As much as Instagram captions have their place in the world, there’s nothing like increasing your sartorial literacy through the real deal. Of course we mean reading. The thing that so many of us leave to the weekends and long lost holidays to attend to. I digress, there are many things we can learn about fashion through the internet, but getting lost in a book is an incomparable experience, especially when it comes to expanding your mind on the fashion legacies that have come for us. In honor of this enriching experience, we collect the best fashion books we’ve come across.
Grace, a memoir, Grace Coddington
One of the best-selling fashion books, Grace Coddington’s memoir traverses the life of the iconic Vogue creative director as a young model and later one of the most prolific faces in modern fashion history. Within the pages, Coddington transports the reader to her Welsh birthplace and through her infamous career with the kind of detail most people only reveal over tea.
A visible manEdward Enniful
As one of the strongest voices and most important change makers in fashion today, Edward Enniful’s moving memoir is one to pick up if you are interested in the current fashion landscape. From a childhood in Ghana to being discovered by a fashion editor on the London Underground at the age of sixteen, to taking the helm of Britain’s most influential fashion publication, A visible man follows a surprising journey into one of the most exclusive industries in the world. From 1980s London to the current times we are in, Enniful’s story of finding a home in fashion and shaping how he wanted it to look is one to inspire.
Gods and KingsDana Thomas
Dana Thomas tells the story of John Galliano and Alexander McQueen’s fashion revolution. In the mid-90s, McQueen and Galliano were signed up for the fashion jobs of a lifetime at Givenchy and Dior, and when international stardom followed, things fell apart for some of fashion’s brightest stars, resulting in McQueens tragic death and Galliano’s professional implosion. Gods and Kings sets out to tell the story of each designer, their rise and fall, and how they changed fashion forever.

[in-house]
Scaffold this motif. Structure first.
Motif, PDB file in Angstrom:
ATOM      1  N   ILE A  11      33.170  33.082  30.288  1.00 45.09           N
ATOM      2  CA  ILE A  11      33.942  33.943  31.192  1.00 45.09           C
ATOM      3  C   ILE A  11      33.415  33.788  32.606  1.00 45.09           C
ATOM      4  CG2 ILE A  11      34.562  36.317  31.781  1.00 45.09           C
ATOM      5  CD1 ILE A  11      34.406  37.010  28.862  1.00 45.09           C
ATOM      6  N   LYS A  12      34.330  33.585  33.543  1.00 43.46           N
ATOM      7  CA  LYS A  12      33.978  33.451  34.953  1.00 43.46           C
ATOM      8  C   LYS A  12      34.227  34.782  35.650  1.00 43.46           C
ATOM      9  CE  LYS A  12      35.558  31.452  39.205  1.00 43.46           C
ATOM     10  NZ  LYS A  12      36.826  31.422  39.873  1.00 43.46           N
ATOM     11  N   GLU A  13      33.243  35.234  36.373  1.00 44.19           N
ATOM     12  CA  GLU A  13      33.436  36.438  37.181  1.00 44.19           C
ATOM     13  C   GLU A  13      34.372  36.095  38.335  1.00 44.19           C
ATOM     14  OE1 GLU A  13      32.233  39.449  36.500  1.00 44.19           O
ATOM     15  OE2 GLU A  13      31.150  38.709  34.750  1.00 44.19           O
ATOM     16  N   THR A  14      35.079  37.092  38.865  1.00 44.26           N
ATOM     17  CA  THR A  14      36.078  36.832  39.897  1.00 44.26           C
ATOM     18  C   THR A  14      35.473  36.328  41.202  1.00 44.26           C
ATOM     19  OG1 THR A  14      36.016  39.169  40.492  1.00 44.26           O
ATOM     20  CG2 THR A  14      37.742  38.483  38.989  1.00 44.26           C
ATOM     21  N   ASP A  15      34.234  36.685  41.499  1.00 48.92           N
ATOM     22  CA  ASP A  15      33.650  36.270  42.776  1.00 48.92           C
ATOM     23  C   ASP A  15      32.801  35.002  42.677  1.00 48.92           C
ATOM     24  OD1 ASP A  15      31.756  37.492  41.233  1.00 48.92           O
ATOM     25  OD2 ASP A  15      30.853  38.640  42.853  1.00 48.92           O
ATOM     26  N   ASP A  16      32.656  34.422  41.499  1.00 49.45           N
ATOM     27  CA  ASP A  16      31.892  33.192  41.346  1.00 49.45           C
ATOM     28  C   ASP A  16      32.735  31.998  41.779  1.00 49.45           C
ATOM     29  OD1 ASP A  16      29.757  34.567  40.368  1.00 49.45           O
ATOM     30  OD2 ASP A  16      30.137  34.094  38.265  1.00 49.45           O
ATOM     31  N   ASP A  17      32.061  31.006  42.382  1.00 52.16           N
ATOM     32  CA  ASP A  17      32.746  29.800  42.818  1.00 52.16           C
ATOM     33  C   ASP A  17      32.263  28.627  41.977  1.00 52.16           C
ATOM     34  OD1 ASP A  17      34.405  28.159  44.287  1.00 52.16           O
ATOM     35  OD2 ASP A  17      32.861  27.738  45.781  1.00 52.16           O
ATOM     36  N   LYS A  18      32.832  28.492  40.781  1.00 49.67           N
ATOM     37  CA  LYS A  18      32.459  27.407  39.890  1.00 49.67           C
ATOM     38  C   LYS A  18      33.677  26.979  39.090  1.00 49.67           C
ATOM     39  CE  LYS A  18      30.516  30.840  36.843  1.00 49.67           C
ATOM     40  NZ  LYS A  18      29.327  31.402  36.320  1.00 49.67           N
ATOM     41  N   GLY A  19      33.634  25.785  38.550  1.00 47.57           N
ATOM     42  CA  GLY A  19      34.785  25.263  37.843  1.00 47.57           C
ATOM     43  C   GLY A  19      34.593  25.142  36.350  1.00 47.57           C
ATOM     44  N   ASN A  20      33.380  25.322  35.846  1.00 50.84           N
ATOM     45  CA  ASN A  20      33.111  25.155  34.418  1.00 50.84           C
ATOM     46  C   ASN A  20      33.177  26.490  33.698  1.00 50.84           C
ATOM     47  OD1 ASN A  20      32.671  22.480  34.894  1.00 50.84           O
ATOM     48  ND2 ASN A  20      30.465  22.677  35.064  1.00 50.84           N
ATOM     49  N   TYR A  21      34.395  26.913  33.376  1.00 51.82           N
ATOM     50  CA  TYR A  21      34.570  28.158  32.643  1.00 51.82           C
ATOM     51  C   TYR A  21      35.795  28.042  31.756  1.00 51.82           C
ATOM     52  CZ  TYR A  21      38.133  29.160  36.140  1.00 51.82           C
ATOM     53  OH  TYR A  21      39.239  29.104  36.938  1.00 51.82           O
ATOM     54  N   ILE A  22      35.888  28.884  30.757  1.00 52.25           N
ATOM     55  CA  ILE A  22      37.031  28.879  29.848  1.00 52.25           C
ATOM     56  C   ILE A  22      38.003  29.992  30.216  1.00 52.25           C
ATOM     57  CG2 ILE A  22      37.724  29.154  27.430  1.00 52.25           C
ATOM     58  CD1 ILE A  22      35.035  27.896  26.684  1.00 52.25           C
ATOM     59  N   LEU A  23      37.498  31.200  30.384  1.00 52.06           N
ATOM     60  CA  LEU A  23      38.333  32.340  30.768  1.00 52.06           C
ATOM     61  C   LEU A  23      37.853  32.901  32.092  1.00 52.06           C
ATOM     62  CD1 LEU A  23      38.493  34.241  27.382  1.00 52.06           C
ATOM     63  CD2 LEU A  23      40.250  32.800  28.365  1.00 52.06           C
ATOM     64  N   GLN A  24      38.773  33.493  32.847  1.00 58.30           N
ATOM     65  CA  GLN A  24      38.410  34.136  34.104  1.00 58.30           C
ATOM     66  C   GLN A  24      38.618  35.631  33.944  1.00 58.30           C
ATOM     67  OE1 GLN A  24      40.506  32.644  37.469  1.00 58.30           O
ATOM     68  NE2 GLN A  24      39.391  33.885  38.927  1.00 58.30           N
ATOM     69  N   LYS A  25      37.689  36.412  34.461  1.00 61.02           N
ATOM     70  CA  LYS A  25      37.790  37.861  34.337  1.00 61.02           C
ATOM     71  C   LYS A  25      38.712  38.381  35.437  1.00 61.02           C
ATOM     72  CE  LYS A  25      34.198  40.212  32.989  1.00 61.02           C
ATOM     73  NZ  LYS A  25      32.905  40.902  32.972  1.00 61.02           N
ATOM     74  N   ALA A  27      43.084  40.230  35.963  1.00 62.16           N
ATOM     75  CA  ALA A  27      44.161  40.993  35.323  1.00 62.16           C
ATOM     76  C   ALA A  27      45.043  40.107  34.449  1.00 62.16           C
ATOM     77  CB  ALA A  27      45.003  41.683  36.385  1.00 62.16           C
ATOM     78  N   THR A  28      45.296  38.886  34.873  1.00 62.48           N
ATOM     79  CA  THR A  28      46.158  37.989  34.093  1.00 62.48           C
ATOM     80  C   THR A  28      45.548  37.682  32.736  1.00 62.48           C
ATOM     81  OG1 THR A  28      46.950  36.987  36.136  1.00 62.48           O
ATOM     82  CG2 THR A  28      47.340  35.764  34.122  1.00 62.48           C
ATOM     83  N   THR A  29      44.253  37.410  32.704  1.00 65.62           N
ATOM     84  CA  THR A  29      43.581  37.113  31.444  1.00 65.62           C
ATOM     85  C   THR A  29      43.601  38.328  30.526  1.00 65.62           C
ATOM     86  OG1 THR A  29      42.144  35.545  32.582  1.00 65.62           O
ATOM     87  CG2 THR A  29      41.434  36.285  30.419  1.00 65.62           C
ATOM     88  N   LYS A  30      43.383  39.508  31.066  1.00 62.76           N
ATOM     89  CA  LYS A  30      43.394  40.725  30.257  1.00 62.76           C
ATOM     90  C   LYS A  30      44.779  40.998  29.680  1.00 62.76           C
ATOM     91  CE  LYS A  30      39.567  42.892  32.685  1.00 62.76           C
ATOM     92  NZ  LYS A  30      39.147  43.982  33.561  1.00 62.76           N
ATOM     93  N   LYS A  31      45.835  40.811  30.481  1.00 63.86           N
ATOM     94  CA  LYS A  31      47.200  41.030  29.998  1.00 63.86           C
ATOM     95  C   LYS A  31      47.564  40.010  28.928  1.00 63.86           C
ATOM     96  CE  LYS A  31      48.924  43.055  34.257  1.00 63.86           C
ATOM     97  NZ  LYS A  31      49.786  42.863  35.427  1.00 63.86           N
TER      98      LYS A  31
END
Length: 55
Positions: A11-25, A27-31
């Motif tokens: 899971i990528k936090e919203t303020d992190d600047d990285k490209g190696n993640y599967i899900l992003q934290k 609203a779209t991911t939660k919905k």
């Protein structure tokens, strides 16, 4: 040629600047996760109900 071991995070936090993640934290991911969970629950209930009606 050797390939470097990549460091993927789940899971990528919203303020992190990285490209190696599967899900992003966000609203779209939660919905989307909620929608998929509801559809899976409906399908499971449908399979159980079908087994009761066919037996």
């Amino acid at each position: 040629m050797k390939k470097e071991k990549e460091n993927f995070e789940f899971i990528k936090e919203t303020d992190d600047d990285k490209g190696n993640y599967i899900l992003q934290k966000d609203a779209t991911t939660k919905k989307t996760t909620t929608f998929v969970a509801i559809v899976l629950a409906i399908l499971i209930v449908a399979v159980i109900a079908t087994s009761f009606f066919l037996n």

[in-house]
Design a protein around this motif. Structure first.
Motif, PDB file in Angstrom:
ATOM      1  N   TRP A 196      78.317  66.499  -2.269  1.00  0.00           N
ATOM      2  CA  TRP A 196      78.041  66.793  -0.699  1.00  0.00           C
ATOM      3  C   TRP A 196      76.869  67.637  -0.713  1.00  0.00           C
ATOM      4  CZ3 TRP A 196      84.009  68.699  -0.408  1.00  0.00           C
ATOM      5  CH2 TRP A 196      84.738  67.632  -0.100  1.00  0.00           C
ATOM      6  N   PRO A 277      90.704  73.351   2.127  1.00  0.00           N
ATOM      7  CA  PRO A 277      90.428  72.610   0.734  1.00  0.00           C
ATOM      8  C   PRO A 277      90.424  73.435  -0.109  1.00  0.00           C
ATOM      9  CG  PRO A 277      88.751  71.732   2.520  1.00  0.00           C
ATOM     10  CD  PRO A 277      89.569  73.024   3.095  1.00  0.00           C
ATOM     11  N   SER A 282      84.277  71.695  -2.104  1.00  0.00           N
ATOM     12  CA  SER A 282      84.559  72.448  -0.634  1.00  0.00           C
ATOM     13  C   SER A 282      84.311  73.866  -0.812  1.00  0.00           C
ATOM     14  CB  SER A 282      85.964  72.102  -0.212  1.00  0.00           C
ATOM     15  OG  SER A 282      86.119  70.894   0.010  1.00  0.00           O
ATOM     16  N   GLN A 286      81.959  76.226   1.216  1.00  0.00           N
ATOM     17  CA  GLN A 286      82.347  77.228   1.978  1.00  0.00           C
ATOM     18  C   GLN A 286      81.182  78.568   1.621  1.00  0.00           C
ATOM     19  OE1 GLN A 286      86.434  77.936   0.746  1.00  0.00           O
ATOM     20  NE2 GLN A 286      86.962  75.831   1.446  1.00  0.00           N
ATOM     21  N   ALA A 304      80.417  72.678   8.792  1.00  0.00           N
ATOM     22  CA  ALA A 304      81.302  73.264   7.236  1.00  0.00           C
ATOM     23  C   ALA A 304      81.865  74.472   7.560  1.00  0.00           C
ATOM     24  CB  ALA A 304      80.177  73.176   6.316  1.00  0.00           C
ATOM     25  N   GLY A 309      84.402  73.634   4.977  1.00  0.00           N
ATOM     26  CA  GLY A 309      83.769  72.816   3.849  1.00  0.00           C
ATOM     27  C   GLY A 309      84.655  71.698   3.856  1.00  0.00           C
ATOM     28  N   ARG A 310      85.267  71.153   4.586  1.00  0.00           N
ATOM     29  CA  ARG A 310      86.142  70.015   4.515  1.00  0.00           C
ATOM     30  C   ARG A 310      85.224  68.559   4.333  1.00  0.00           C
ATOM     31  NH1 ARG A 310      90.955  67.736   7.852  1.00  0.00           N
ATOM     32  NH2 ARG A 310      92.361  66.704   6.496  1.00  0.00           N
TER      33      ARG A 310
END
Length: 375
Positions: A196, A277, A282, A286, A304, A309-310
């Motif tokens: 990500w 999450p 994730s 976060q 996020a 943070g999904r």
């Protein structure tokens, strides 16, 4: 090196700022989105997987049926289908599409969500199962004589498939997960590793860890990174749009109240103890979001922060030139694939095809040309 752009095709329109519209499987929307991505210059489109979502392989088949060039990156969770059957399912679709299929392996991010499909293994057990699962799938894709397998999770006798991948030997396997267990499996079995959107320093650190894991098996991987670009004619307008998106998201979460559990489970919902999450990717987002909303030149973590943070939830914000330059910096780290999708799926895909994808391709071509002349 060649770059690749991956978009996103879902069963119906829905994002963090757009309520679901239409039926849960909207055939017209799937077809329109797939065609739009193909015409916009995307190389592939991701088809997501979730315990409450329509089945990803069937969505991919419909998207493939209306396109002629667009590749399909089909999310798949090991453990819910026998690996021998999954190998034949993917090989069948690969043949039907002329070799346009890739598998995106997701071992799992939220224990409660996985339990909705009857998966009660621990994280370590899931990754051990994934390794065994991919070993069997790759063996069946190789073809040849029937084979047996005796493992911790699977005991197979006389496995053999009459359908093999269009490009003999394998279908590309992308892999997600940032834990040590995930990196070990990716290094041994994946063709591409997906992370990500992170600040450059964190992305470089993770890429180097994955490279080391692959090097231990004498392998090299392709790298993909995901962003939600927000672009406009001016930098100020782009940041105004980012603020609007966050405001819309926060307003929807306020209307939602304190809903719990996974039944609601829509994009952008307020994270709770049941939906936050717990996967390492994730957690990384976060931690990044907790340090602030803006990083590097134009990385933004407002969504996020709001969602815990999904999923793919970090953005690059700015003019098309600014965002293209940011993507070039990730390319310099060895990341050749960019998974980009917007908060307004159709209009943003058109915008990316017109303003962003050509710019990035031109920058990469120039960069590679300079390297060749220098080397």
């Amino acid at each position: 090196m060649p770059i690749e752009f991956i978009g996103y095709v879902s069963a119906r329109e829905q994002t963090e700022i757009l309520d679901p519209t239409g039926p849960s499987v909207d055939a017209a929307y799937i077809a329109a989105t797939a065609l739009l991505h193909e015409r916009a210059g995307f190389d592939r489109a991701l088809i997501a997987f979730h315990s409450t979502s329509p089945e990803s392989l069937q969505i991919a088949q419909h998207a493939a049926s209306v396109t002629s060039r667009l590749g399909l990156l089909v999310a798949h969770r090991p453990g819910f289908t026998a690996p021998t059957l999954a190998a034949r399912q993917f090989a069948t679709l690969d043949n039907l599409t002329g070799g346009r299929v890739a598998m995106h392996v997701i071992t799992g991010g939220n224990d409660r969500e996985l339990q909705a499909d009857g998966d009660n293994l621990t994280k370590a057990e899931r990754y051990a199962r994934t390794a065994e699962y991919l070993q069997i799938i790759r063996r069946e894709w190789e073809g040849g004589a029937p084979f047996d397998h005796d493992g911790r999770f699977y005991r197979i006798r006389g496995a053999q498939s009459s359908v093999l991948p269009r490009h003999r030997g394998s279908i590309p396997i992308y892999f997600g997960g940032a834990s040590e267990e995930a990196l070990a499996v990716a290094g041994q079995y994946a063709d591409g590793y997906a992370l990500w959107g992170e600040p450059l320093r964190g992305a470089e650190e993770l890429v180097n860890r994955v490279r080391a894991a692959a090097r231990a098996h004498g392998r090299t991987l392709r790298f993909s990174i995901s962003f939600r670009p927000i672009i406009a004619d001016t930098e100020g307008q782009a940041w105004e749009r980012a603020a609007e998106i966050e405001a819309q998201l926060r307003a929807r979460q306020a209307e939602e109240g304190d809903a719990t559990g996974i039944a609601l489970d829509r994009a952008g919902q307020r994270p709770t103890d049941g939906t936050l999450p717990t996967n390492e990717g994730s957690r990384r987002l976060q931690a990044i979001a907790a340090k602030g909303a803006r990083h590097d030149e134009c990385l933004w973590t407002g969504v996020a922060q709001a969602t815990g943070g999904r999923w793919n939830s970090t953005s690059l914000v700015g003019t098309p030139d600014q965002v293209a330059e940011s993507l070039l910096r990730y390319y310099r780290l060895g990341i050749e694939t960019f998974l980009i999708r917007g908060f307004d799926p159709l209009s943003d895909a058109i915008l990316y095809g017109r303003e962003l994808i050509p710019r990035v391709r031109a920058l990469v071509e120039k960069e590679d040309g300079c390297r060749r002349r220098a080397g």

I Love To Hate FashionLoïc Prigent
French journalist Loïc Prigent has been tweeting absurdist whispers from the fashion crowd for a few years now, and eventually every snarky critique and hilarious interaction has a place to be immortalized I Love To Hate Fashion. A collection of snarky statements about fashion mixed with absurdist poetry make up this 100 golden quote book.
The Chiffon Trench, André Leon Talley
A look behind the scenes of the fashion industry from one of fashion’s heavyweights, André Leon Tally. The Chiffon Trench harks back to Talley’s first magazine job with Andy Warhol at Interview after his fateful friendship with Karl Lagerfeld, who catapulted him into the closed world of Fashions upper echelons through his eye for detail and extensive knowledge of fashion. Over the years, Talley’s influence in fashion grew, and after his death earlier this year, he remains a pivotal figure in fashion history throughout the ages.
The Battle of Versailles: The Night American Fashion Stumbled into the Spotlight and Made History, Robin Gean
Conceived as a fundraiser for the restoration of King Louis XIV’s palace, in the late fall of 1973, five top American designers faced off against five top French designers in a top runway extravaganza. An audience full of celebrities and international jet-setters, including Princess Grace of Monaco, the Duchess of Windsor, Paloma Picasso and Andy Warhol, were treated to a lavish performance with Liza Minnelli, Josephine Baker and Rudolph Nureyev. What they saw would change the history of fashion forever.
The Beautiful Fall: Lagerfeld, Saint Laurent, and Glorious Excess in 1970 Paris, Alicia Drake
In 1954, they were two young talents from the provinces, who both dreamed of Paris, glamor and glory. Yves Saint Laurent was the charming youth, the enfant fearsome heir to Dior’s couture crown. Karl Lagerfeld was the freelance designer with a talent for ready-to-wear. In 1968 Paris exploded as the city embraced liberation and hedonism and the era was ignited with possibilities.
“Each designer created his own enchanting world, attracting people to them attracted by their power, charisma and fame. Paloma Picasso, Pierre Berg and Jacques de Bascher all lived in the mirror of fashion. The tensions of class and nationality , bohemia and luxury, youth and longing, talent and ambition were subsumed in the creation of glamour. The two cliques could not help but become rivals. But as the 70s turned to the 80s, heroin and AIDS threw her shadow; fashion became an industry, money ruled and the beautiful people discovered the danger of living their dreams. The Beautiful Fall is Alicia Drake’s brilliant chronicle of this dangerous, brutal, fabulous time.”
Champagne Supernovas: Kate Moss, Marc Jacobs, Alexander McQueen, and the ’90s Renegades Who Reinvented Fashion, Maureen Callahan
Pop culture journalist Maureen Callahan takes us on a journey back to one of the most pivotal style moments in fashion history: the early ’90s. It was a time that turned the glamazon style of the 80s on its head with the perception of heroine chic. Alternative was in, and fashion became a melting pot for ideas and innovation. Champagne Supernovas is an amalgamation of stories from supermodels, stylists, editors, photographers, confidantes, club kids and scenesters who were there. “They will tell the unforgettable story of three of the most influential personalities to emerge in fashion in decades – Kate, Marc and McQueen – and show why the conditions in the 90s were perfect for their emergence. .. but also helped contribute to her personal struggle.”